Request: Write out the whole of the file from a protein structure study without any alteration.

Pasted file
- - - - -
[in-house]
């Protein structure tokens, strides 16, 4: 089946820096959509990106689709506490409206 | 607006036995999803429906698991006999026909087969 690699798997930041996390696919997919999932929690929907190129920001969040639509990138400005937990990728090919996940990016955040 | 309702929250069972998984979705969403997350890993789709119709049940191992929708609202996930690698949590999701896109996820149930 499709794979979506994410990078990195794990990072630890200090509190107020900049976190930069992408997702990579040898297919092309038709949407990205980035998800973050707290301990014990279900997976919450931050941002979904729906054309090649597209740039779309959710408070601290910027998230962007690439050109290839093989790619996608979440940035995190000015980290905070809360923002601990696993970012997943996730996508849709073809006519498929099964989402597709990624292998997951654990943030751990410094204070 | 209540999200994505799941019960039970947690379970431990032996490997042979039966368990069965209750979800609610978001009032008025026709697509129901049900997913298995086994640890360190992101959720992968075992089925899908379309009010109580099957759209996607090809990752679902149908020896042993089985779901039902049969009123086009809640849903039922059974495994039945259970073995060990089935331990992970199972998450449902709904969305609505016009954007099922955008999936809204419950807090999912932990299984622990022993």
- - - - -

[in-house]
């Protein structure tokens, strides 16, 4: 089946820096959509990106689709506490409206 | 607006036995999803429906698991006999026909087969 690699798997930041996390696919997919999932929690929907190129920001969040639509990138400005937990990728090919996940990016955040 | 309702929250069972998984979705969403997350890993789709119709049940191992929708609202996930690698949590999701896109996820149930 499709794979979506994410990078990195794990990072630890200090509190107020900049976190930069992408997702990579040898297919092309038709949407990205980035998800973050707290301990014990279900997976919450931050941002979904729906054309090649597209740039779309959710408070601290910027998230962007690439050109290839093989790619996608979440940035995190000015980290905070809360923002601990696993970012997943996730996508849709073809006519498929099964989402597709990624292998997951654990943030751990410094204070 | 209540999200994505799941019960039970947690379970431990032996490997042979039966368990069965209750979800609610978001009032008025026709697509129901049900997913298995086994640890360190992101959720992968075992089925899908379309009010109580099957759209996607090809990752679902149908020896042993089985779901039902049969009123086009809640849903039922059974495994039945259970073995060990089935331990992970199972998450449902709904969305609505016009954007099922955008999936809204419950807090999912932990299984622990022993």